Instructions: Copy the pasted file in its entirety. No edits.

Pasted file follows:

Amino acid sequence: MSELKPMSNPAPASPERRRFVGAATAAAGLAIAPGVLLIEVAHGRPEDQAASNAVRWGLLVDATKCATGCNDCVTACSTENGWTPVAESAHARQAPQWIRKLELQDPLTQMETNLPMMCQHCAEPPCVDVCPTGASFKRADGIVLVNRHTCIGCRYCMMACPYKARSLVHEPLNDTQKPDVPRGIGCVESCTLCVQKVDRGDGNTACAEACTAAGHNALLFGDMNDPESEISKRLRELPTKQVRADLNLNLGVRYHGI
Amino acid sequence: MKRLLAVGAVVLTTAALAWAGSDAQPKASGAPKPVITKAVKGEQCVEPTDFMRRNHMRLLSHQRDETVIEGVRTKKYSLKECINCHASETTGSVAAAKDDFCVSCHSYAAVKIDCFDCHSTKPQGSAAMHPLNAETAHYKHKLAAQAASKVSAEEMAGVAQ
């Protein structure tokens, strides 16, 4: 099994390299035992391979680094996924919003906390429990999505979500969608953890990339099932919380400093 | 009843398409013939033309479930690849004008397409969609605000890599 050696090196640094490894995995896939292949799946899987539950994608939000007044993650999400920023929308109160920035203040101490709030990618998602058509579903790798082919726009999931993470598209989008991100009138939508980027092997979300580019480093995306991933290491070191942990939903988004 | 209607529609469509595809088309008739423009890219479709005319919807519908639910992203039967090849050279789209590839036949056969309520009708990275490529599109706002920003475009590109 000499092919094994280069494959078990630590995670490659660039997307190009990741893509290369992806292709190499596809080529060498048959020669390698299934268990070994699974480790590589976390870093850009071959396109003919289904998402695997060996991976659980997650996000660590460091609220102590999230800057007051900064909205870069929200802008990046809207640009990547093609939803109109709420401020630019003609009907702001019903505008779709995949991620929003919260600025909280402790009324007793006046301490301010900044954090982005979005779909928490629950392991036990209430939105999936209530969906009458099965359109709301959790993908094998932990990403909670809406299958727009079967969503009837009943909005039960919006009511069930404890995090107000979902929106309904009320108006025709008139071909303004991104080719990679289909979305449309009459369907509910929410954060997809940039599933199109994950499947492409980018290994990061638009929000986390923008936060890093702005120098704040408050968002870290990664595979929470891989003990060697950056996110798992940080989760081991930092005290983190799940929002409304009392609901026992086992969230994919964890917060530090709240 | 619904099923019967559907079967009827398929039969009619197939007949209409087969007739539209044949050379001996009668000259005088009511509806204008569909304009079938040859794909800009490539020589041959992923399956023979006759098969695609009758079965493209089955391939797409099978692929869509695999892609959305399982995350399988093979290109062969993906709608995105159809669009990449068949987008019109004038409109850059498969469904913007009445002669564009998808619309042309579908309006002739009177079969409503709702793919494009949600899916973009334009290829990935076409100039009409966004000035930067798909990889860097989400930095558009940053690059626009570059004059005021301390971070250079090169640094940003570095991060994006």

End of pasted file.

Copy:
Amino acid sequence: MSELKPMSNPAPASPERRRFVGAATAAAGLAIAPGVLLIEVAHGRPEDQAASNAVRWGLLVDATKCATGCNDCVTACSTENGWTPVAESAHARQAPQWIRKLELQDPLTQMETNLPMMCQHCAEPPCVDVCPTGASFKRADGIVLVNRHTCIGCRYCMMACPYKARSLVHEPLNDTQKPDVPRGIGCVESCTLCVQKVDRGDGNTACAEACTAAGHNALLFGDMNDPESEISKRLRELPTKQVRADLNLNLGVRYHGI
Amino acid sequence: MKRLLAVGAVVLTTAALAWAGSDAQPKASGAPKPVITKAVKGEQCVEPTDFMRRNHMRLLSHQRDETVIEGVRTKKYSLKECINCHASETTGSVAAAKDDFCVSCHSYAAVKIDCFDCHSTKPQGSAAMHPLNAETAHYKHKLAAQAASKVSAEEMAGVAQ
């Protein structure tokens, strides 16, 4: 099994390299035992391979680094996924919003906390429990999505979500969608953890990339099932919380400093 | 009843398409013939033309479930690849004008397409969609605000890599 050696090196640094490894995995896939292949799946899987539950994608939000007044993650999400920023929308109160920035203040101490709030990618998602058509579903790798082919726009999931993470598209989008991100009138939508980027092997979300580019480093995306991933290491070191942990939903988004 | 209607529609469509595809088309008739423009890219479709005319919807519908639910992203039967090849050279789209590839036949056969309520009708990275490529599109706002920003475009590109 000499092919094994280069494959078990630590995670490659660039997307190009990741893509290369992806292709190499596809080529060498048959020669390698299934268990070994699974480790590589976390870093850009071959396109003919289904998402695997060996991976659980997650996000660590460091609220102590999230800057007051900064909205870069929200802008990046809207640009990547093609939803109109709420401020630019003609009907702001019903505008779709995949991620929003919260600025909280402790009324007793006046301490301010900044954090982005979005779909928490629950392991036990209430939105999936209530969906009458099965359109709301959790993908094998932990990403909670809406299958727009079967969503009837009943909005039960919006009511069930404890995090107000979902929106309904009320108006025709008139071909303004991104080719990679289909979305449309009459369907509910929410954060997809940039599933199109994950499947492409980018290994990061638009929000986390923008936060890093702005120098704040408050968002870290990664595979929470891989003990060697950056996110798992940080989760081991930092005290983190799940929002409304009392609901026992086992969230994919964890917060530090709240 | 619904099923019967559907079967009827398929039969009619197939007949209409087969007739539209044949050379001996009668000259005088009511509806204008569909304009079938040859794909800009490539020589041959992923399956023979006759098969695609009758079965493209089955391939797409099978692929869509695999892609959305399982995350399988093979290109062969993906709608995105159809669009990449068949987008019109004038409109850059498969469904913007009445002669564009998808619309042309579908309006002739009177079969409503709702793919494009949600899916973009334009290829990935076409100039009409966004000035930067798909990889860097989400930095558009940053690059626009570059004059005021301390971070250079090169640094940003570095991060994006």